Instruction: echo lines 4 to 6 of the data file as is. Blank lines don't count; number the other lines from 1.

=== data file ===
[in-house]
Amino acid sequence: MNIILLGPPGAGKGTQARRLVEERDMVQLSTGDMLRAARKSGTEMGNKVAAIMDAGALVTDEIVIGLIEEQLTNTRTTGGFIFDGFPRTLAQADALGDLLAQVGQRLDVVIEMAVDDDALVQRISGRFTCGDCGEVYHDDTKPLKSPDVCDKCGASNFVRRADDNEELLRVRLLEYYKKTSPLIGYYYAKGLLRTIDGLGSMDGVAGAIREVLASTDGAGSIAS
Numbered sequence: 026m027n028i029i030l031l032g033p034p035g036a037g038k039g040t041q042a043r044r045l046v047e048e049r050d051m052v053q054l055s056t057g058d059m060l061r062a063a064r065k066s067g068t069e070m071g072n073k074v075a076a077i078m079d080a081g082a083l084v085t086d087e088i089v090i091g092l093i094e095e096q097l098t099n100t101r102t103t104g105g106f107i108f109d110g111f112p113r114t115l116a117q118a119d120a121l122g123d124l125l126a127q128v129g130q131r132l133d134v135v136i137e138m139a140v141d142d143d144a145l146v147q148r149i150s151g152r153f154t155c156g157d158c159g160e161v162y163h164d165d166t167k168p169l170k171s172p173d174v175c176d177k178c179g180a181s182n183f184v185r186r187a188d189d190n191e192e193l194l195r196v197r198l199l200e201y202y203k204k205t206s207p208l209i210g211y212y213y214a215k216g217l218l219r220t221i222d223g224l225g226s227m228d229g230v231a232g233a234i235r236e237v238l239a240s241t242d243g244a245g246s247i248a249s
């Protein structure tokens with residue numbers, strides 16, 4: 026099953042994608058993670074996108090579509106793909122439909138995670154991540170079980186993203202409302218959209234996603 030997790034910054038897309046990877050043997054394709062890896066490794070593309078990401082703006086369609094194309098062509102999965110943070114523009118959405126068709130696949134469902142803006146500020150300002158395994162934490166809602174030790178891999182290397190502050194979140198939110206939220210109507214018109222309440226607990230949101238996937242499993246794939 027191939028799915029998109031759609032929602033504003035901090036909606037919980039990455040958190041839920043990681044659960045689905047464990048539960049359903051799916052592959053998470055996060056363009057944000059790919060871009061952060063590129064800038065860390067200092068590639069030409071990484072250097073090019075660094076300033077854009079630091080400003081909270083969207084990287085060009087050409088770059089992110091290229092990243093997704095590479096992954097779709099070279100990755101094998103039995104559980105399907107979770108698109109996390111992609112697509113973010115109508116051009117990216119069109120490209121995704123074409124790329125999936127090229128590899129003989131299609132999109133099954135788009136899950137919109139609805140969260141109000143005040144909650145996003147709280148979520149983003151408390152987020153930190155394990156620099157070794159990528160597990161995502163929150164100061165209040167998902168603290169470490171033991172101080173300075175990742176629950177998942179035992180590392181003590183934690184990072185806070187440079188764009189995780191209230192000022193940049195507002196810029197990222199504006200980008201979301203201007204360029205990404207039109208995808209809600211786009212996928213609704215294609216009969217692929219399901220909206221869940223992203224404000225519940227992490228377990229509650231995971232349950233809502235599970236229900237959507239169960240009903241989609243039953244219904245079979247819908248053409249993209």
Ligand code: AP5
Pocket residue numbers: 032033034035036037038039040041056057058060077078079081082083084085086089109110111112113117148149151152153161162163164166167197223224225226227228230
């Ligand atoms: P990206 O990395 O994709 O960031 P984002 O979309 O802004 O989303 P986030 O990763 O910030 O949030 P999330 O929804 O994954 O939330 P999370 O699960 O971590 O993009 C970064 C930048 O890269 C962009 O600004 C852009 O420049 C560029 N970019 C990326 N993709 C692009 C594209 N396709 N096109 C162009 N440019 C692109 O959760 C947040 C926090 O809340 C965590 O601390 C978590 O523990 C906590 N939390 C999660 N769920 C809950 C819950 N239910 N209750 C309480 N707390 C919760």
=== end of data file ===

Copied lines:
């Protein structure tokens with residue numbers, strides 16, 4: 026099953042994608058993670074996108090579509106793909122439909138995670154991540170079980186993203202409302218959209234996603 030997790034910054038897309046990877050043997054394709062890896066490794070593309078990401082703006086369609094194309098062509102999965110943070114523009118959405126068709130696949134469902142803006146500020150300002158395994162934490166809602174030790178891999182290397190502050194979140198939110206939220210109507214018109222309440226607990230949101238996937242499993246794939 027191939028799915029998109031759609032929602033504003035901090036909606037919980039990455040958190041839920043990681044659960045689905047464990048539960049359903051799916052592959053998470055996060056363009057944000059790919060871009061952060063590129064800038065860390067200092068590639069030409071990484072250097073090019075660094076300033077854009079630091080400003081909270083969207084990287085060009087050409088770059089992110091290229092990243093997704095590479096992954097779709099070279100990755101094998103039995104559980105399907107979770108698109109996390111992609112697509113973010115109508116051009117990216119069109120490209121995704123074409124790329125999936127090229128590899129003989131299609132999109133099954135788009136899950137919109139609805140969260141109000143005040144909650145996003147709280148979520149983003151408390152987020153930190155394990156620099157070794159990528160597990161995502163929150164100061165209040167998902168603290169470490171033991172101080173300075175990742176629950177998942179035992180590392181003590183934690184990072185806070187440079188764009189995780191209230192000022193940049195507002196810029197990222199504006200980008201979301203201007204360029205990404207039109208995808209809600211786009212996928213609704215294609216009969217692929219399901220909206221869940223992203224404000225519940227992490228377990229509650231995971232349950233809502235599970236229900237959507239169960240009903241989609243039953244219904245079979247819908248053409249993209």
Ligand code: AP5
Pocket residue numbers: 032033034035036037038039040041056057058060077078079081082083084085086089109110111112113117148149151152153161162163164166167197223224225226227228230